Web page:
AME 38:15-30 (2005) - doi:10.3354/ame038015
Composition of free-living, aggregate-associated and sediment surface-associated bacterial communities in the German Wadden Sea
Heike Stevens, Thorsten Brinkhoff, Meinhard Simon*
ABSTRACT: The Wadden Sea is a tidal flat ecosystem at the land-sea interface of the southern North Sea with a high load of suspended matter and nutrients. Despite the general importance of microbial processes, the composition of bacterial communities in this ecosystem has been little studied. Therefore, we investigated the composition of the bacterial communities freely suspended (FL) in the bulk water, associated with suspended aggregates (AG) and with the oxic sediment surface (SE) over an annual cycle (April 1999 to June 2000) in the East Frisian Wadden Sea, by applying denaturing gradient gel electrophoresis (DGGE) of PCR-amplified 16S rRNA gene fragments. Wind strength, suspended particulate matter (SPM), particulate organic carbon (POC), chlorophyll, phaeopigments, and the composition of the phytoplankton community were also studied. The dynamics of these parameters covaried to various extents, but not systematically, with that of bacterial numbers and community composition. A cluster analysis revealed that the DGGE banding patterns of the 3 communities grouped separately even though band overlaps among the communities occurred. Some identical or highly similar phylotypes were found in the FL- and AG-associated communities, and in the AG- and SE-associated communities, as shown by sequence analysis of excised bands. Prominent members of each community occurred over most of or during the entire study period. Dominant phylotypes in the FL-, AG- and SE-associated communities affiliated with α-Proteobacteria (mainly Roseobacter clade) and γ-Proteobacteria. Phylotypes affiliating with δ-Proteobacteria and Flavobacteria/Sphingobacteria of the Bacteroidetes phylum were detected occasionally in the AG- and SE-associated communities. During certain periods, 1 phylotype affiliating with Actinobacteria and 1 with β-Proteobacteria was detected in the FL-community. The prevalence of the rather stable composition of the communities over time, despite strong hydrodynamic forcing and pronounced seasonal changes in the phytoplankton community, SPM and POC, indicated that the bacterial communities were adapted to the environmental conditions in this highly dynamic system. The band overlaps between the various communities, however, also reflected that exchange processes between the dissolved and particulate phase and the sediment occurred.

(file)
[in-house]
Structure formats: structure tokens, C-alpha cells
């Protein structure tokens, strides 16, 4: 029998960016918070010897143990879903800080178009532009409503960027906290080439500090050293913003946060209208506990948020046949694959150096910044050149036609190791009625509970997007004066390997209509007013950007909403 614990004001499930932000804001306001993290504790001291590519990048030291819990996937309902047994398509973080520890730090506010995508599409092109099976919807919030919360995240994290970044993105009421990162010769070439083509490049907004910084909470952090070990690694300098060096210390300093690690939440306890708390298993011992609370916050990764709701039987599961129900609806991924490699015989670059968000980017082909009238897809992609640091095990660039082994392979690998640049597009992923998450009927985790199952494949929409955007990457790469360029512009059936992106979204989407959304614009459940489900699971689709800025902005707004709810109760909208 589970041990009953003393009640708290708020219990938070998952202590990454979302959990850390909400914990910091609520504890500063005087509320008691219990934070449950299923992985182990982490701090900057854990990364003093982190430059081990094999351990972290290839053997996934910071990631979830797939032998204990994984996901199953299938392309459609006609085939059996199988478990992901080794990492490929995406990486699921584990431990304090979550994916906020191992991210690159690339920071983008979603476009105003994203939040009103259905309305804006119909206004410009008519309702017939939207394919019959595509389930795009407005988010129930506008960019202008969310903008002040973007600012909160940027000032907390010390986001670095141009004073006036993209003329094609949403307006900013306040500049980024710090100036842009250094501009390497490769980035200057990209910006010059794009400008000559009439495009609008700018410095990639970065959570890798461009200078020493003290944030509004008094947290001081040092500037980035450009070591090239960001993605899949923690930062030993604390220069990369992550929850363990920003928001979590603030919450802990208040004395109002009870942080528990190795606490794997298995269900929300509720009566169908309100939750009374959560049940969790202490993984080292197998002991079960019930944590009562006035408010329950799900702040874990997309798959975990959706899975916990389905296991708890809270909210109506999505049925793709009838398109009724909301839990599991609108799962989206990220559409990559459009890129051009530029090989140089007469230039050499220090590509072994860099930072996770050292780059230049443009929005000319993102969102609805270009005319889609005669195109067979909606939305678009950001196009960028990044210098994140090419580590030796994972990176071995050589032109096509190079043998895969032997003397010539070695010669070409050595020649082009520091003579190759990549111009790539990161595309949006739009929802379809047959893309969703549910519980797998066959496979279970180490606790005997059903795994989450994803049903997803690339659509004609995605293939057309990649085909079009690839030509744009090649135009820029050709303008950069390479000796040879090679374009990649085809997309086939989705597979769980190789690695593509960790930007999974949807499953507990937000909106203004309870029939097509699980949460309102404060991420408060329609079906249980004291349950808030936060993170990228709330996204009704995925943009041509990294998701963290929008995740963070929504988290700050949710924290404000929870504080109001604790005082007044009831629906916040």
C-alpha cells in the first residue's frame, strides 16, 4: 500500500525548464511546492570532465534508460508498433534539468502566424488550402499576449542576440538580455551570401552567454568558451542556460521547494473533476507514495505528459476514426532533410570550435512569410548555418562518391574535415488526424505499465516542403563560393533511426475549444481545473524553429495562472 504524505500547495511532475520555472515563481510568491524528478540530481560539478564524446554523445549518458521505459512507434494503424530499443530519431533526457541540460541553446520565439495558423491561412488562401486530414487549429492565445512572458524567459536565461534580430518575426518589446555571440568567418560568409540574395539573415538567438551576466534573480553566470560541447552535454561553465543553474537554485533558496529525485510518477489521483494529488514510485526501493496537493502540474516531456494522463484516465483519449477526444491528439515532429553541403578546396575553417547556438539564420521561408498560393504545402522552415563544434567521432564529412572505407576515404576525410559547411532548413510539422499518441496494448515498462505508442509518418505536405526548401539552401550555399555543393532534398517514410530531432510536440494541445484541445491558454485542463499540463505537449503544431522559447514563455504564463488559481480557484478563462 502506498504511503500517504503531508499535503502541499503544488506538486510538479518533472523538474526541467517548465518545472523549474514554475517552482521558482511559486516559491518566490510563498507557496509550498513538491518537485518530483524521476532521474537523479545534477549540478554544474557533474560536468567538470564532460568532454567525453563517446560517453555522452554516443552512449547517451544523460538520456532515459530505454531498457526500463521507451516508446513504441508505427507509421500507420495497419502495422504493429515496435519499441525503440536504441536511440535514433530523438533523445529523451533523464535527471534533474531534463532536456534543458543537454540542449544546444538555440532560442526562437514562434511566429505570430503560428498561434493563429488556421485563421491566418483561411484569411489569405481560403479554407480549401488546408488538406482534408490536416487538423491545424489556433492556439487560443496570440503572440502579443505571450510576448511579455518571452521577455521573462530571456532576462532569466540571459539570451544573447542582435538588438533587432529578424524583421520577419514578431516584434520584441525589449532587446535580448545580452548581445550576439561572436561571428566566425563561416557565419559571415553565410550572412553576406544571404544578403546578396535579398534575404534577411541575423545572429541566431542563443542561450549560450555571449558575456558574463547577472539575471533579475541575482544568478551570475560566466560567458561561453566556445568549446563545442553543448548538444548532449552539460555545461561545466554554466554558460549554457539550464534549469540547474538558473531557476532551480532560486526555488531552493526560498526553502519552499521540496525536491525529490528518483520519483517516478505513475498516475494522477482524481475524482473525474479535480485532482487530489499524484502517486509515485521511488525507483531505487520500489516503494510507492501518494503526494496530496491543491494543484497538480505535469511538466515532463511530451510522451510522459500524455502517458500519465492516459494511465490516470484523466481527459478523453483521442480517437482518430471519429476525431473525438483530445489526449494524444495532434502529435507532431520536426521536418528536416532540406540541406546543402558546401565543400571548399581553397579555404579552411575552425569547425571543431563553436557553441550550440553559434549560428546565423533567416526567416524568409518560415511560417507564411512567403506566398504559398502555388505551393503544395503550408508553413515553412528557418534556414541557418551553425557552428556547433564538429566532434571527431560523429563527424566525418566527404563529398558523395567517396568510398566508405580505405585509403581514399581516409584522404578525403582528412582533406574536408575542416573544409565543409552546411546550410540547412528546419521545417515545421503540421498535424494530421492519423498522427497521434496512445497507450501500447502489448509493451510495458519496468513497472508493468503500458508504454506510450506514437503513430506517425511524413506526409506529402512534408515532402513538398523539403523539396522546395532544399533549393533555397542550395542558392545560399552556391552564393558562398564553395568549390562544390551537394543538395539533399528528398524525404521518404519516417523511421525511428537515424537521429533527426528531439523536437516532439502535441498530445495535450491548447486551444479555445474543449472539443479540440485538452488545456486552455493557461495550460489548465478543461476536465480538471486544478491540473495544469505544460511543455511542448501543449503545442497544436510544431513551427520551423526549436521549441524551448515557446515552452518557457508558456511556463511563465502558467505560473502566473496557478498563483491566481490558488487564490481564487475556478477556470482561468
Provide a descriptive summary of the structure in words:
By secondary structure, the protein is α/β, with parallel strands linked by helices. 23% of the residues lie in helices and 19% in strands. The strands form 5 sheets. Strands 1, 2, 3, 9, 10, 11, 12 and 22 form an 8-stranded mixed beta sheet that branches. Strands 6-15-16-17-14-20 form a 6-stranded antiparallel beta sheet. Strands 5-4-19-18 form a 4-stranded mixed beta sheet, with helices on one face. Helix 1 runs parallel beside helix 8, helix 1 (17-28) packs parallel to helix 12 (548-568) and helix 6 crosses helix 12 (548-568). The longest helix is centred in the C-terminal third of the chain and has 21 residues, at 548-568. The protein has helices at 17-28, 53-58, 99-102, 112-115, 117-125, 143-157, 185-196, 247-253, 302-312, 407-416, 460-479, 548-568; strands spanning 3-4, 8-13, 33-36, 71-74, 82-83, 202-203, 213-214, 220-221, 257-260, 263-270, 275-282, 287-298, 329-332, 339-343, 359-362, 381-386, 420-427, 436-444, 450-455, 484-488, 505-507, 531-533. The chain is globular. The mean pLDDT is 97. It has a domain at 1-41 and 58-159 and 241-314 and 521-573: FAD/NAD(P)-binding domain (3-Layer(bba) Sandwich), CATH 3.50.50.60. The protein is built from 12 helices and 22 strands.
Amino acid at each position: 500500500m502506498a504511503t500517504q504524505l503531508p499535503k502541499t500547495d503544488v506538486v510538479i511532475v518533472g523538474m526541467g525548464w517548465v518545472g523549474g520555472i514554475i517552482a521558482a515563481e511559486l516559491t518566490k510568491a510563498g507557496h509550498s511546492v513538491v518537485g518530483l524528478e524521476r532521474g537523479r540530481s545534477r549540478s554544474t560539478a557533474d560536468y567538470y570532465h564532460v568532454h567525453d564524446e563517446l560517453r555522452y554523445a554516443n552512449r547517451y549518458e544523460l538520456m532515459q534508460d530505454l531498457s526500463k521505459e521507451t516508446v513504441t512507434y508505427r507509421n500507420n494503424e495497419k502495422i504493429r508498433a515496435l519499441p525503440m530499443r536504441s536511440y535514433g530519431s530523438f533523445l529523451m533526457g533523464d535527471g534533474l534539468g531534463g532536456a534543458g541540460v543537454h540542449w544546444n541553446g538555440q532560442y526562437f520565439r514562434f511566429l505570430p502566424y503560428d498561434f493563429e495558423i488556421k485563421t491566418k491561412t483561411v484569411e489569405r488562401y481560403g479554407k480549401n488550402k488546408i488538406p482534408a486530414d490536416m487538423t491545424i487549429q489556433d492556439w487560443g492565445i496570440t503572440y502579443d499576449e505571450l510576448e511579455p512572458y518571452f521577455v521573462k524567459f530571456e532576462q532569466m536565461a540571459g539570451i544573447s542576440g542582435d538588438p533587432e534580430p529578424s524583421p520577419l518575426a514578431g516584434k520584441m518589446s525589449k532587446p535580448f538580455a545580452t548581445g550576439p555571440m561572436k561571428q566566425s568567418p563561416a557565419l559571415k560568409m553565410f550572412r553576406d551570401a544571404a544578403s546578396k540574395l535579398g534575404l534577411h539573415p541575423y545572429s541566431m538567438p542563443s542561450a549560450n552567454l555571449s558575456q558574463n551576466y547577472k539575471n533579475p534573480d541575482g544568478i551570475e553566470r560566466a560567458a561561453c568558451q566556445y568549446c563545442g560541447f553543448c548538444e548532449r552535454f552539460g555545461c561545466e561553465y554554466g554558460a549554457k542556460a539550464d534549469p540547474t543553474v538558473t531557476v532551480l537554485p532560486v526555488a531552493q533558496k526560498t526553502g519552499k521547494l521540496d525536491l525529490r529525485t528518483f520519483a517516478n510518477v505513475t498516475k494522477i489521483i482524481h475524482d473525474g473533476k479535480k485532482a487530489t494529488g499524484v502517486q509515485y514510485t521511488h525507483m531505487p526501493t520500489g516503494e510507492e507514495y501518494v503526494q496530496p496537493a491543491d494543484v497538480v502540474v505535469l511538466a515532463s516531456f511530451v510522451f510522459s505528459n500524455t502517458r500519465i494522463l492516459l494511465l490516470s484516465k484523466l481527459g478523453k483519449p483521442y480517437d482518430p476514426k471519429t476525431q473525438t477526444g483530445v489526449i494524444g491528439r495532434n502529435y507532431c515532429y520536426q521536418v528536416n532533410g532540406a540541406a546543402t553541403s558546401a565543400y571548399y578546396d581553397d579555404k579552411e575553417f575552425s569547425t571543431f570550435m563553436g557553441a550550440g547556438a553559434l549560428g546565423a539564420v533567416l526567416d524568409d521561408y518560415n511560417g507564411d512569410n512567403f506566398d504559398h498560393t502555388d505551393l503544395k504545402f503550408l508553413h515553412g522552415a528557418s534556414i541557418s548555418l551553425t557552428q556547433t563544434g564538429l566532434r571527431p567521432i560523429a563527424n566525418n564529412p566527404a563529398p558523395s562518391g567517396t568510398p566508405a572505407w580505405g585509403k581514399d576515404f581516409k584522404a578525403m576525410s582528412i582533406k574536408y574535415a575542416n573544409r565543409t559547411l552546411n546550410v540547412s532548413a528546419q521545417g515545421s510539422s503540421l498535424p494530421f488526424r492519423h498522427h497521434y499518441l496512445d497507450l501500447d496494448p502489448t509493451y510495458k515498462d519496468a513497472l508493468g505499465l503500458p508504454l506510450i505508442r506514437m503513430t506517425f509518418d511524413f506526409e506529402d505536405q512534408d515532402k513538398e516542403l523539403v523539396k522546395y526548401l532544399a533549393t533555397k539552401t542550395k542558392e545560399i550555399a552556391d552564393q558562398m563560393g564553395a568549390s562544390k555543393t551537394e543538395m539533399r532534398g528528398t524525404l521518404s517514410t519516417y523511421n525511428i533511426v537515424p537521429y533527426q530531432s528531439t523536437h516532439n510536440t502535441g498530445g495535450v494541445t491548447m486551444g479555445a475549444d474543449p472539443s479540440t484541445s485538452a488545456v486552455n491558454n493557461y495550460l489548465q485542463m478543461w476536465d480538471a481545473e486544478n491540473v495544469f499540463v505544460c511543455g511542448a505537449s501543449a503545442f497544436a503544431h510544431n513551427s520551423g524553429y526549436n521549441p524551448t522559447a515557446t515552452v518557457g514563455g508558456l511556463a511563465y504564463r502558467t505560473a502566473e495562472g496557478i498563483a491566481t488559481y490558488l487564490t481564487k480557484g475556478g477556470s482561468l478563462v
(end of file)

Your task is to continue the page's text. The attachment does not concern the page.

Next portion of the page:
KEY WORDS: Bacteria · Phytoplankton · Aggregates · POC · Sediment · DGGE · Wadden Sea
|Full article in pdf format|